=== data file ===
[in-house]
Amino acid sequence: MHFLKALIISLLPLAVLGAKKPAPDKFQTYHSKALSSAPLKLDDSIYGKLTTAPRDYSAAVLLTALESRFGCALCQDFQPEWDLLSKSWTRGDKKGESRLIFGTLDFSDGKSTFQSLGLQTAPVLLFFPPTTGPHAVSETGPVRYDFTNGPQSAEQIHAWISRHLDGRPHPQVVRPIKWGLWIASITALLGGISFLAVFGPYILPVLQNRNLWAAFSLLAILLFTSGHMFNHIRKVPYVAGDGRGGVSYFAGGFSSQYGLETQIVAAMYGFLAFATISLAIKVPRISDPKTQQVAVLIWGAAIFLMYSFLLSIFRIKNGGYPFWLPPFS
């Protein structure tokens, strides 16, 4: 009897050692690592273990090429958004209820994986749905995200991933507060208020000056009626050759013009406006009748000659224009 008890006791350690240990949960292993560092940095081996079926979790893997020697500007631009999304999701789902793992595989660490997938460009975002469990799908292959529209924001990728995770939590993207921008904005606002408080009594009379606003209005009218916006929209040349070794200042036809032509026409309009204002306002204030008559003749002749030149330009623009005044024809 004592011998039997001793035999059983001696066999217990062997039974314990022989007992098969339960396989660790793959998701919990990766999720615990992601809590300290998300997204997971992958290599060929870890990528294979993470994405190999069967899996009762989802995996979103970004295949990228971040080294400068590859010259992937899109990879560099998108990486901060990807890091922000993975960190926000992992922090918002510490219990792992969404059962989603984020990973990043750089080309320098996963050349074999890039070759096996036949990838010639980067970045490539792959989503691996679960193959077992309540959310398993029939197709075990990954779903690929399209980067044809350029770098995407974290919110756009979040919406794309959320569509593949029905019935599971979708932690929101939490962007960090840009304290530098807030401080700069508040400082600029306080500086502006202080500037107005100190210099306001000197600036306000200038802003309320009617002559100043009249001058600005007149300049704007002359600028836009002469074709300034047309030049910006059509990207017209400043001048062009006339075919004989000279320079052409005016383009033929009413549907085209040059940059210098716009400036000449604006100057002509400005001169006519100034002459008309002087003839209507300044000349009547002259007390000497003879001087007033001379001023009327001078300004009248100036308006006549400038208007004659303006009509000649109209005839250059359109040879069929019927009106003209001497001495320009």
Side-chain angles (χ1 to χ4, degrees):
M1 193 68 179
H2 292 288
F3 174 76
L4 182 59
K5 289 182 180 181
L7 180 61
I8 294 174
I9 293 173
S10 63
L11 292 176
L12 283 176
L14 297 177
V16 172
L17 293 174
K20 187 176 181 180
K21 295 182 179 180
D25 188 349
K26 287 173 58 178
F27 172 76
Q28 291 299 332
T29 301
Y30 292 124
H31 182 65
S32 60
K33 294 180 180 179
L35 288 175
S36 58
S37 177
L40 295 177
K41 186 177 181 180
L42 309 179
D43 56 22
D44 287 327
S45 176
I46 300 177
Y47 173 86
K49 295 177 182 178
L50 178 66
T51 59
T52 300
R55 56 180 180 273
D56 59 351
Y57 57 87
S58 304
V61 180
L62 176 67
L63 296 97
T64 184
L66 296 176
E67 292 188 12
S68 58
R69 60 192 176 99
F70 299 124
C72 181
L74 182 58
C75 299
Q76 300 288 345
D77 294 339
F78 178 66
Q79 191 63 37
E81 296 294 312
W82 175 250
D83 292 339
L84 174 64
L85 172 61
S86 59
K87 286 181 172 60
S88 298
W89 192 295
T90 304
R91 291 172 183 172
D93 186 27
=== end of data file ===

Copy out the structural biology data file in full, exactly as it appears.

[in-house]
Amino acid sequence: MHFLKALIISLLPLAVLGAKKPAPDKFQTYHSKALSSAPLKLDDSIYGKLTTAPRDYSAAVLLTALESRFGCALCQDFQPEWDLLSKSWTRGDKKGESRLIFGTLDFSDGKSTFQSLGLQTAPVLLFFPPTTGPHAVSETGPVRYDFTNGPQSAEQIHAWISRHLDGRPHPQVVRPIKWGLWIASITALLGGISFLAVFGPYILPVLQNRNLWAAFSLLAILLFTSGHMFNHIRKVPYVAGDGRGGVSYFAGGFSSQYGLETQIVAAMYGFLAFATISLAIKVPRISDPKTQQVAVLIWGAAIFLMYSFLLSIFRIKNGGYPFWLPPFS
């Protein structure tokens, strides 16, 4: 009897050692690592273990090429958004209820994986749905995200991933507060208020000056009626050759013009406006009748000659224009 008890006791350690240990949960292993560092940095081996079926979790893997020697500007631009999304999701789902793992595989660490997938460009975002469990799908292959529209924001990728995770939590993207921008904005606002408080009594009379606003209005009218916006929209040349070794200042036809032509026409309009204002306002204030008559003749002749030149330009623009005044024809 004592011998039997001793035999059983001696066999217990062997039974314990022989007992098969339960396989660790793959998701919990990766999720615990992601809590300290998300997204997971992958290599060929870890990528294979993470994405190999069967899996009762989802995996979103970004295949990228971040080294400068590859010259992937899109990879560099998108990486901060990807890091922000993975960190926000992992922090918002510490219990792992969404059962989603984020990973990043750089080309320098996963050349074999890039070759096996036949990838010639980067970045490539792959989503691996679960193959077992309540959310398993029939197709075990990954779903690929399209980067044809350029770098995407974290919110756009979040919406794309959320569509593949029905019935599971979708932690929101939490962007960090840009304290530098807030401080700069508040400082600029306080500086502006202080500037107005100190210099306001000197600036306000200038802003309320009617002559100043009249001058600005007149300049704007002359600028836009002469074709300034047309030049910006059509990207017209400043001048062009006339075919004989000279320079052409005016383009033929009413549907085209040059940059210098716009400036000449604006100057002509400005001169006519100034002459008309002087003839209507300044000349009547002259007390000497003879001087007033001379001023009327001078300004009248100036308006006549400038208007004659303006009509000649109209005839250059359109040879069929019927009106003209001497001495320009």
Side-chain angles (χ1 to χ4, degrees):
M1 193 68 179
H2 292 288
F3 174 76
L4 182 59
K5 289 182 180 181
L7 180 61
I8 294 174
I9 293 173
S10 63
L11 292 176
L12 283 176
L14 297 177
V16 172
L17 293 174
K20 187 176 181 180
K21 295 182 179 180
D25 188 349
K26 287 173 58 178
F27 172 76
Q28 291 299 332
T29 301
Y30 292 124
H31 182 65
S32 60
K33 294 180 180 179
L35 288 175
S36 58
S37 177
L40 295 177
K41 186 177 181 180
L42 309 179
D43 56 22
D44 287 327
S45 176
I46 300 177
Y47 173 86
K49 295 177 182 178
L50 178 66
T51 59
T52 300
R55 56 180 180 273
D56 59 351
Y57 57 87
S58 304
V61 180
L62 176 67
L63 296 97
T64 184
L66 296 176
E67 292 188 12
S68 58
R69 60 192 176 99
F70 299 124
C72 181
L74 182 58
C75 299
Q76 300 288 345
D77 294 339
F78 178 66
Q79 191 63 37
E81 296 294 312
W82 175 250
D83 292 339
L84 174 64
L85 172 61
S86 59
K87 286 181 172 60
S88 298
W89 192 295
T90 304
R91 291 172 183 172
D93 186 27